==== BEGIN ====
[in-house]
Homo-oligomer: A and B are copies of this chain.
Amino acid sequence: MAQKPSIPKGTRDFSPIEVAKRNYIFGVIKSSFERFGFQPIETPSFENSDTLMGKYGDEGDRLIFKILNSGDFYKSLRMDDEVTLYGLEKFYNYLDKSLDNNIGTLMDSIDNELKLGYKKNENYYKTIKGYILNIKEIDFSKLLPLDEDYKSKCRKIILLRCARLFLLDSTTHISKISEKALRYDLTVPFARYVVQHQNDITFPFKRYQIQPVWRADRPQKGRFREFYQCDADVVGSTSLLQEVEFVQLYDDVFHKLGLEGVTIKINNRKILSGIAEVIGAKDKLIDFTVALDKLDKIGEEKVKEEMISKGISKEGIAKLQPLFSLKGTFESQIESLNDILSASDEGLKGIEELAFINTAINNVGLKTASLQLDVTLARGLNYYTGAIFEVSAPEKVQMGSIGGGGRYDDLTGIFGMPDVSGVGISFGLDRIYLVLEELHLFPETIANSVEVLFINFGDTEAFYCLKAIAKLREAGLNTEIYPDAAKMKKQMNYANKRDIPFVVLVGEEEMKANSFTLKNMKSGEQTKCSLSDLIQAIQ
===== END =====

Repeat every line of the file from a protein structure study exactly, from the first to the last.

[in-house]
Homo-oligomer: A and B are copies of this chain.
Amino acid sequence: MAQKPSIPKGTRDFSPIEVAKRNYIFGVIKSSFERFGFQPIETPSFENSDTLMGKYGDEGDRLIFKILNSGDFYKSLRMDDEVTLYGLEKFYNYLDKSLDNNIGTLMDSIDNELKLGYKKNENYYKTIKGYILNIKEIDFSKLLPLDEDYKSKCRKIILLRCARLFLLDSTTHISKISEKALRYDLTVPFARYVVQHQNDITFPFKRYQIQPVWRADRPQKGRFREFYQCDADVVGSTSLLQEVEFVQLYDDVFHKLGLEGVTIKINNRKILSGIAEVIGAKDKLIDFTVALDKLDKIGEEKVKEEMISKGISKEGIAKLQPLFSLKGTFESQIESLNDILSASDEGLKGIEELAFINTAINNVGLKTASLQLDVTLARGLNYYTGAIFEVSAPEKVQMGSIGGGGRYDDLTGIFGMPDVSGVGISFGLDRIYLVLEELHLFPETIANSVEVLFINFGDTEAFYCLKAIAKLREAGLNTEIYPDAAKMKKQMNYANKRDIPFVVLVGEEEMKANSFTLKNMKSGEQTKCSLSDLIQAIQ